Europe’s Changing Climate Viewed From Orbit Shows Rising Danger
Climate change whipsawed through Europe last year, alternately baking locked-up economies beneath record heat before inundating them with unprecedented floods, underscoring the rising levels of uncertainty faced by the continent’s 500 million people as the planet warms.
Last year was one of the three warmest ever recorded in Europe and caps a six-year span when it’s never been hotter, according to scientists at the Copernicus Climate Change Service. While pandemic-induced economic lockdowns reduced European Union emissions by almost a tenth, they didn’t prevent an overall increase in manmade greenhouse gases. The far North is feeling the changes most acutely.
“The region that stands out is the Arctic,” said Freja Vamborg, one of the scientists who wrote the annual European State of the Climate report published Thursday. “The Arctic is warming at a faster rate than the rest of the world, as is Europe.”
Frozen Arctic ecosystems are beginning to thaw. Last year the Siberian Arctic’s temperatures were 4.3 degrees Celsius (7.7 degrees Fahrenheit) above historical averages, resulting in melting ice and permafrost. Megafires consuming ancient boreal forests could be seen from space.
“Some of this process is irreversible,” said Mark Parrington, a Copernicus scientist who studies fire emissions. “Those fires released carbon that has been captured for thousands of years into the atmosphere.”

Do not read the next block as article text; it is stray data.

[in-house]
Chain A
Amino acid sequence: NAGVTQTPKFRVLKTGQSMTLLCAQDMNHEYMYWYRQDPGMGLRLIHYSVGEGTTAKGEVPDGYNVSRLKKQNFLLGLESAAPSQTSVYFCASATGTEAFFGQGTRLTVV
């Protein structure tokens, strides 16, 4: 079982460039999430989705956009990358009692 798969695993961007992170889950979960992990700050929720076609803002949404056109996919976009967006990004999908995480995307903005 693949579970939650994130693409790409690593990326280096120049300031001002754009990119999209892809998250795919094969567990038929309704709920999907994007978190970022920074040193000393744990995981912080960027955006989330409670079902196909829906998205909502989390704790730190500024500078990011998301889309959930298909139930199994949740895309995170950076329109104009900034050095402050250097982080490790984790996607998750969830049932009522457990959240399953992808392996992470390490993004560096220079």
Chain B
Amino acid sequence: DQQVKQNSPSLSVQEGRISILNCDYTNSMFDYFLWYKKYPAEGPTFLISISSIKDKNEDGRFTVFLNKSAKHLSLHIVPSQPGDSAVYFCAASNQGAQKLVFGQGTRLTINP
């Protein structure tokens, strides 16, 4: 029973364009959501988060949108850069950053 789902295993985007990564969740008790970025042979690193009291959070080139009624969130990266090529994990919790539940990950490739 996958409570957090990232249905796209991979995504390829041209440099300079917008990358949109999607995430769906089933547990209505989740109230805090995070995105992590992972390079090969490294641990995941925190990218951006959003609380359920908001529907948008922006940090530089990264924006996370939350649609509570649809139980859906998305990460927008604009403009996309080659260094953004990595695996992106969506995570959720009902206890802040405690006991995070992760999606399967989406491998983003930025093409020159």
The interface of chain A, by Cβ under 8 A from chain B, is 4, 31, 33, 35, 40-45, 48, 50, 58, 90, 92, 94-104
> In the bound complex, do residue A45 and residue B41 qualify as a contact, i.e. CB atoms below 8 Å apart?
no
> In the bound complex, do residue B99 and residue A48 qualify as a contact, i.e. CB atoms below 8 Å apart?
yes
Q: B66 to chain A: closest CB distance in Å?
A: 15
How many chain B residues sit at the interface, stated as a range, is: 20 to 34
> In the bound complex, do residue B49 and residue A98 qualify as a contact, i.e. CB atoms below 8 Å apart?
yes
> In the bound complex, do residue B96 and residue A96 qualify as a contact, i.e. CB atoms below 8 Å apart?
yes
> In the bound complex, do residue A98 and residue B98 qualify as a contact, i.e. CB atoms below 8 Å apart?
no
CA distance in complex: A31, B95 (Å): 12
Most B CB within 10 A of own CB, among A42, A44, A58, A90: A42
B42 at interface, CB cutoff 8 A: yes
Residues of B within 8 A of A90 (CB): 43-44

The rate of emissions is closely tracked at Copernicus, which uses billions of measurements from satellites, ships, aircraft and weather stations around the world to conduct monthly and seasonal forecasts. Stopping the accumulation of carbon dioxide and methane in the atmosphere is key to limiting global average temperatures from rising more than 1.5 degrees Celsius and has become a key feature of Europe’s Green Deal and pandemic recovery program.
“Achieving a climate neutral economy requires the full mobilization of society, governments and industry,” the European Commission’s Matthias Petschke said in a statement.
Copernicus estimates global emissions fell 8% last year due to economic contractions and would have declined further if people working at home didn’t rely on burning natural gas and oil to keep warm, according to Vincent-Henri Peuch, who heads the Copernicus Atmosphere Monitoring Service.
Abnormally high temperatures and extreme weather have increased the burden on some of Europe’s most important economic sectors. Farmers throughout France and parts of central Europe battled consecutive years of drier-than-average conditions that reduced crop yields. Energy traders struggled to identify new weather patterns, resulting in billions of euros in lost revenues.
Those periods of hot and dry weather were interspersed with deluges three times the monthly averages that caused devastating floods in some regions. Storm Alex in October dumped record one-day rainfall across the U.K., northwestern France and the southern Alps. A rare tropical cyclone called Medicane Lanos swept through Greece in September, killing four people and causing some $100 million in damages.
The warming climate is also baking in potentially more destructive changes to the Earth’s systems. Melting glaciers and ice shelves are causing sea levels to rise and threatening coastal economies across the globe. Oceans are drawing closer to some European coastlines at a rate of almost a half centimeter a year, prompting the bloc to launch a new satellite in 2020 that will keep track of the encroaching waters.
“It is more important than ever that we use the available information to act, to mitigate and adapt to climate change and accelerate our efforts to reduce future risks,” said Copernicus Director Carlo Buontempo.